Germans set to spend more on holidays as WKO – ÖW spat continues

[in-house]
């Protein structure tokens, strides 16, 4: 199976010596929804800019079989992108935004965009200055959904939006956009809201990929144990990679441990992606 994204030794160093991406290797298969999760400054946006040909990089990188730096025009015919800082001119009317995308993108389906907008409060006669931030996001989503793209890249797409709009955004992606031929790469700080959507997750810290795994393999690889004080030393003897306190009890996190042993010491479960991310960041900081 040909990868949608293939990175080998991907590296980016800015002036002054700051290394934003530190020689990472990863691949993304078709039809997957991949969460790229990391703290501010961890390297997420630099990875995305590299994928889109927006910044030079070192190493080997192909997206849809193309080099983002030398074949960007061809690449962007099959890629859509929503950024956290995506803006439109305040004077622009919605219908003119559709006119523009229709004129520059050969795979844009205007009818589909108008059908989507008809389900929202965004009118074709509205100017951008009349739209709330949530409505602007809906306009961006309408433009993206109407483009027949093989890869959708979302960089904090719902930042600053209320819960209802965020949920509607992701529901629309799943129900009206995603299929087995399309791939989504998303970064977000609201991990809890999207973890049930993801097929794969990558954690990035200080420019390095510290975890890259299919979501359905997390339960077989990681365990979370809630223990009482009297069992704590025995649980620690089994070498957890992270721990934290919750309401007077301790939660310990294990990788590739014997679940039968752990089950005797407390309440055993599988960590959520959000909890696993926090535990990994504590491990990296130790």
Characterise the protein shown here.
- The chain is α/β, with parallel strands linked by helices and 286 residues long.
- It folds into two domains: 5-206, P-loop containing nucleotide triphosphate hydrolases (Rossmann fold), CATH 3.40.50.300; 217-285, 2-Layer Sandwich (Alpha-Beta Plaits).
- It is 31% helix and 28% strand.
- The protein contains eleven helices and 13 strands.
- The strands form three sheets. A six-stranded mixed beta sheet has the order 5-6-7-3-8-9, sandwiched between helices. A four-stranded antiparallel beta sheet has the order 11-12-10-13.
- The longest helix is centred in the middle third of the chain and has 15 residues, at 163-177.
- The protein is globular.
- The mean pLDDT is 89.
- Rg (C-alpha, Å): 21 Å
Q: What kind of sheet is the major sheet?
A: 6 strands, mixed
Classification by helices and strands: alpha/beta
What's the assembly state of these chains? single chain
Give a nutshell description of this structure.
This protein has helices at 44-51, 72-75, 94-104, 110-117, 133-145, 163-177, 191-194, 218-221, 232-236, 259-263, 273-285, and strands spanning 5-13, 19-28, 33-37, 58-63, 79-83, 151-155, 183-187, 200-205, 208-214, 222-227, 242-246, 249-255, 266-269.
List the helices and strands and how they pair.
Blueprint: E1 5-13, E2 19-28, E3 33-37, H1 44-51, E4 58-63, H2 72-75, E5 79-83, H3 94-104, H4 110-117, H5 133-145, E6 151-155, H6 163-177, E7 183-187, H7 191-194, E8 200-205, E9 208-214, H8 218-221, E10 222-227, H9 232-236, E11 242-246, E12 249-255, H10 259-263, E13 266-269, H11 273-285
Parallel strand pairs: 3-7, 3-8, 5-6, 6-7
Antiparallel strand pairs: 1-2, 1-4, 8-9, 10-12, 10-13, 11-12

A new German study has brought uplifting news for Austrian tourism sector businessman.Commerzbank said today (Weds) that it expects Germans to spend 3.5 per cent more on holidays this year than in 2009. The Frankfurt-based institute said its study suggests that Germans will fork out 61.3 billion Euros on holidays this year. The bank said this figure would surpass holiday spending in record year 2008.Germany is the most important market for the Austrian summer and winter tourism industry. Holidaymakers from the neighbouring country have made up the strongest share of tourists coming to Austria for years.More than 25 million overnight stays by 5.2 million Germans were registered by hotels across Austria in the 2008/2009 winter season. Most of them booked rooms in skiing resorts in Tyrol, Salzburg and other provinces, but hundreds of thousands also visited Vienna, Graz and other cities to enjoy the festive atmosphere before Christmas or to celebrate New Year’s Eve.Germans were responsible for around 21.3 million of the overall 56.2 million overnight stays that were registered in Austria’s nine provinces between May and September 2010.Research results presented by Commerzbank today also show that Germans will retain their reputation as the busiest holidaymakers in the world with more trips and overnight stays than US Americans, Chinese and Britons.Many Germans who initially planned to go on holiday eventually decided to stay at home last year when the economic crisis affected countries all over the world. Commerzbank researchers said today that the new travel hype can be linked to the fast recovery of the country’s economy.The bank’s survey also showed that a stay in Austria costs Germans around as much as holidays in their own country, while Denmark was identified as one the most expensive countries visited by Germans. The Czech Republic was found to be the cheapest holiday destination for people from Europe’s most powerful economy.Meanwhile, the feud over the amount of subsidies the Austrian Tourism Marketing Agency (ÖW) will receive from the Federal Economy Chamber (WKO) intensifies.The WKO decided in December to cancel its agreement with the ÖW over providing eight million Euros per year for its activities. The authority, which holds a 25 per cent stake of ÖW, said it will focus on its own tourism marketing initiatives. WKO officials have criticised ÖW for some time for allegedly failing to promote holidays in Austria among Austrians. They have also accused ÖW of not operating in enough international markets.ÖW head Petra Stolba reacted by stressing that her agency has been acting based on results of its monitoring activities which identify the world’s 40 biggest markets. Stolba pointed out she had not considered stepping down following the criticism for one moment.WKO President Christoph Leitl said yesterday that a final decision over whether his authority will slash its subsidies to ÖW has not yet been made. Leitl argued the possible reduction or end to payments would be part of a structural reform and had nothing to do with an alleged disagreement about ÖW’s decisions.Leitl also said the possible decision to lower WKO’s spending to ÖW was “not a threat”. He explained: “I hope a mobile discussion over the issue keeps going.”The WKO boss however stressed his opinion that ÖW had done too little in promoting Austrian as a holiday destination among the country’s own residents.Pollster Karmasin said earlier this month that 17 per cent of Austrians plan to invest between 2,000 and 5,000 per capita on holidays this year. “It seems many Austrians are in a more generous mood now than they were one or two years ago,” the public opinion research firm said.People’s Party (ÖVP) Economy Minister Reinhold Mitterlehner claimed ÖW will remain strong in the future regardless of whether the WKO eventually stops its financial support for the agency. Mitterlehner explained he would tap the ministry’s Go International fund – which was recently set up to encourage Austrian companies to do business abroad – to keep ÖW’s budget on the same level.Stefan Markowitz, the Alliance for the Future of Austria’s (BZÖ) tourism affairs spokesman, appealed on officials to end their war of words. “The current debate only harms ÖW and Austrian tourism.”Austria is the second-most popular tourism destination in the world behind Switzerland as 2.3 per cent of all trips occur in Austria. The Austrian tourism sector contributes between 15 and 18 per cent to the annual gross domestic product (GDP) of the country.